The National Community Pharmacists Association (NCPA) asserts that “pharmacists are underappreciated, judging by the design of many public and private sector prescription drug plans” (

Adam J. Fein, PhD, author of the Drug Channels blog (, begs to differ. “Are pharmacists undervalued?” he asks. “Not if money equals appreciation.”

Adam J. Fein, PhD

Fein, president of Pembroke Consulting, analyzed the Bureau of Labor Statistics’ just-released 2012 Occupational Employment and Wages report and finds that pharmacist salaries “grew faster than did overall health care worker salaries and overall U.S. salaries.”

Pharmacist salaries grew 2.6% from 2011 to 2012, when the average gross salary for pharmacists at retail, mail, and specialty pharmacies was $117,000. Meanwhile, salaries for all “health care practitioners and technical occupations” (a classification in the government’s Standard Occupational Classification System) grew by only 1.1% in 2012.

It looks as if buying medications at such places as Walmart is also having an effect. “For the first time, pharmacists at mass merchants had the highest average pharmacist salaries,” says Fein. “Pharmacists at mass merchants, who also saw the biggest pay jump, now earn a full-time average of $117,990 (+3.8%).”

When evaluating pharmacy dispensing fees, pharmacy directors at health insurance plans should realize that salaries are a retail pharmacy’s biggest expense, says Fein. “Payroll is about 70% of a pharmacy’s operating costs.”

Pharmacist employment and salary, by dispensing format, 2012
Dispensing format Total employment % change vs. 2011 Average annual salary % change vs. 2011
Mass merchants with pharmacies 31,870 2.2% $117,990 3.8%
Chain and independent drug stores 122,840 2.7% $116,980 2.6%
Supermarkets and pharmacies 22,590 1.7% $111,040 2.0%
Mail pharmacies 3,110 8.7% $109,640 3.2%
Total 180,410 2.6% $116,288* 2.7%
*Weighted average
Data include only pharmacists employed in retail, mail, and specialty pharmacies
Source: 2012 National Occupational Employment and Wage Estimates, U.S. Bureau of Labor Statistics. March 2013

Pharmacy revenue growth slowdown

That’s not the only shift that occurred in the pharmacy business last year. Fein reports, “For the first time, revenues at U.S. pharmacies and drugstores declined ... in 2012.” The orange line tracks the data; the straight line averages the data.

Pharmacy revenue growth slowdown

Source: Pembroke Consulting analysis of Bureau of Census data. Data are not seasonally adjusted.
2013 data compare 2012:Q1 to 2013:Q1.

Managed Care’s Top Ten Articles of 2016

There’s a lot more going on in health care than mergers (Aetna-Humana, Anthem-Cigna) creating huge players. Hundreds of insurers operate in 50 different states. Self-insured employers, ACA public exchanges, Medicare Advantage, and Medicaid managed care plans crowd an increasingly complex market.

Major health care players are determined to make health information exchanges (HIEs) work. The push toward value-based payment alone almost guarantees that HIEs will be tweaked, poked, prodded, and overhauled until they deliver on their promise. The goal: straight talk from and among tech systems.

They bring a different mindset. They’re willing to work in teams and focus on the sort of evidence-based medicine that can guide health care’s transformation into a system based on value. One question: How well will this new generation of data-driven MDs deal with patients?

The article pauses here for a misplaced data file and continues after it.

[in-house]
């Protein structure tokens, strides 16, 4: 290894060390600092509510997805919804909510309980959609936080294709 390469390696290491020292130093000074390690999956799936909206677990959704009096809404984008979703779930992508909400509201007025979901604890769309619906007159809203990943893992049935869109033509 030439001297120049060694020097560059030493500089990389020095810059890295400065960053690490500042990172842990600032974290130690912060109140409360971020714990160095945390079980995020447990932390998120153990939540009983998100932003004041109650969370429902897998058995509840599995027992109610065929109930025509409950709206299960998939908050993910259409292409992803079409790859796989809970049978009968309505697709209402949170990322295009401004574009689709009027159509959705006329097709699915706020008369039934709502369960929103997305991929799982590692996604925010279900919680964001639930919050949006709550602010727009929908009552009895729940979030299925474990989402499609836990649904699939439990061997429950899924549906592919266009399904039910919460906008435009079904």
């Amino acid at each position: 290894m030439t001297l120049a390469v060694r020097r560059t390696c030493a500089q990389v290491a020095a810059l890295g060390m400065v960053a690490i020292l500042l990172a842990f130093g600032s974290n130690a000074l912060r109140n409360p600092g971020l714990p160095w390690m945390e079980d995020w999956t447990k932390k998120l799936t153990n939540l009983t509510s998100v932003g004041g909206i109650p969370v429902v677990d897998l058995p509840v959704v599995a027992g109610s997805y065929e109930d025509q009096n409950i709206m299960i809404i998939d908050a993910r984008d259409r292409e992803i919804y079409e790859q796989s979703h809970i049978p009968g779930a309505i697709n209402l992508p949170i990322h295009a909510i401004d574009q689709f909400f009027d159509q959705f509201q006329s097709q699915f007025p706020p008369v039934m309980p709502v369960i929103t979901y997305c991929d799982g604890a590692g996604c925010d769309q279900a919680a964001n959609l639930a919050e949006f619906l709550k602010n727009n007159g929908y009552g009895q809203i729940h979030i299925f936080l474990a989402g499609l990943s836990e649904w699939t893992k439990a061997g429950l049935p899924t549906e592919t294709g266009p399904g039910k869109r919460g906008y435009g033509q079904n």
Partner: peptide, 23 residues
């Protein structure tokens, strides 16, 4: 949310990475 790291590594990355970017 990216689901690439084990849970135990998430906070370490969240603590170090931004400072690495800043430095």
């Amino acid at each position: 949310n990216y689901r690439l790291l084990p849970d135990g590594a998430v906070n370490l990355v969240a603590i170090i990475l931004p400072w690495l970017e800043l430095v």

The surge of new MS treatments have been for the relapsing-remitting form of the disease. There’s hope for sufferers of a different form of MS. By homing in on CD20-positive B cells, ocrelizumab is able to knock them out and other aberrant B cells circulating in the bloodstream.

A flood of tests have insurers ramping up prior authorization and utilization review. Information overload is a problem. As doctors struggle to keep up, health plans need to get ahead of the development of the technology in order to successfully manage genetic testing appropriately.

Having the data is one thing. Knowing how to use it is another. Applying its computational power to the data, a company called RowdMap puts providers into high-, medium-, and low-value buckets compared with peers in their markets, using specific benchmarks to show why outliers differ from the norm.
Competition among manufacturers, industry consolidation, and capitalization on me-too drugs are cranking up generic and branded drug prices. This increase has compelled PBMs, health plan sponsors, and retail pharmacies to find novel ways to turn a profit, often at the expense of the consumer.
The development of recombinant DNA and other technologies has added a new dimension to care. These medications have revolutionized the treatment of rheumatoid arthritis and many of the other 80 or so autoimmune diseases. But they can be budget busters and have a tricky side effect profile.

Shelley Slade
Vogel, Slade & Goldstein

Hub programs have emerged as a profitable new line of business in the sales and distribution side of the pharmaceutical industry that has got more than its fair share of wheeling and dealing. But they spell trouble if they spark collusion, threaten patients, or waste federal dollars.

More companies are self-insuring—and it’s not just large employers that are striking out on their own. The percentage of employers who fully self-insure increased by 44% in 1999 to 63% in 2015. Self-insurance may give employers more control over benefit packages, and stop-loss protects them against uncapped liability.